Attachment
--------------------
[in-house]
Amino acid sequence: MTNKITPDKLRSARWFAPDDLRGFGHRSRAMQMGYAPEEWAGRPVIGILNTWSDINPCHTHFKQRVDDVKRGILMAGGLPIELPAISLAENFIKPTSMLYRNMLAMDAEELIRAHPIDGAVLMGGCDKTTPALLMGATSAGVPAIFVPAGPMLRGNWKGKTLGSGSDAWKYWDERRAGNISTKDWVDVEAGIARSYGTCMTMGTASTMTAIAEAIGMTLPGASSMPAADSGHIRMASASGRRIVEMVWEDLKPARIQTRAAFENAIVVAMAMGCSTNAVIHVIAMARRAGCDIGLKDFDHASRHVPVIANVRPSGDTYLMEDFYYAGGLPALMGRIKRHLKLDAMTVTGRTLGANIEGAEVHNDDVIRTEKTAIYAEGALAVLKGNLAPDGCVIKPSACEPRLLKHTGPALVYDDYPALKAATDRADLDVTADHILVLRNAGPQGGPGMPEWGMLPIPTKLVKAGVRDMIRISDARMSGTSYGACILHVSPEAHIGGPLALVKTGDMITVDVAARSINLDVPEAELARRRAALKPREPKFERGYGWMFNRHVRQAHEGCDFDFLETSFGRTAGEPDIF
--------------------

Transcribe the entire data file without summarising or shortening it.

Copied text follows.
[in-house]
Amino acid sequence: MTNKITPDKLRSARWFAPDDLRGFGHRSRAMQMGYAPEEWAGRPVIGILNTWSDINPCHTHFKQRVDDVKRGILMAGGLPIELPAISLAENFIKPTSMLYRNMLAMDAEELIRAHPIDGAVLMGGCDKTTPALLMGATSAGVPAIFVPAGPMLRGNWKGKTLGSGSDAWKYWDERRAGNISTKDWVDVEAGIARSYGTCMTMGTASTMTAIAEAIGMTLPGASSMPAADSGHIRMASASGRRIVEMVWEDLKPARIQTRAAFENAIVVAMAMGCSTNAVIHVIAMARRAGCDIGLKDFDHASRHVPVIANVRPSGDTYLMEDFYYAGGLPALMGRIKRHLKLDAMTVTGRTLGANIEGAEVHNDDVIRTEKTAIYAEGALAVLKGNLAPDGCVIKPSACEPRLLKHTGPALVYDDYPALKAATDRADLDVTADHILVLRNAGPQGGPGMPEWGMLPIPTKLVKAGVRDMIRISDARMSGTSYGACILHVSPEAHIGGPLALVKTGDMITVDVAARSINLDVPEAELARRRAALKPREPKFERGYGWMFNRHVRQAHEGCDFDFLETSFGRTAGEPDIF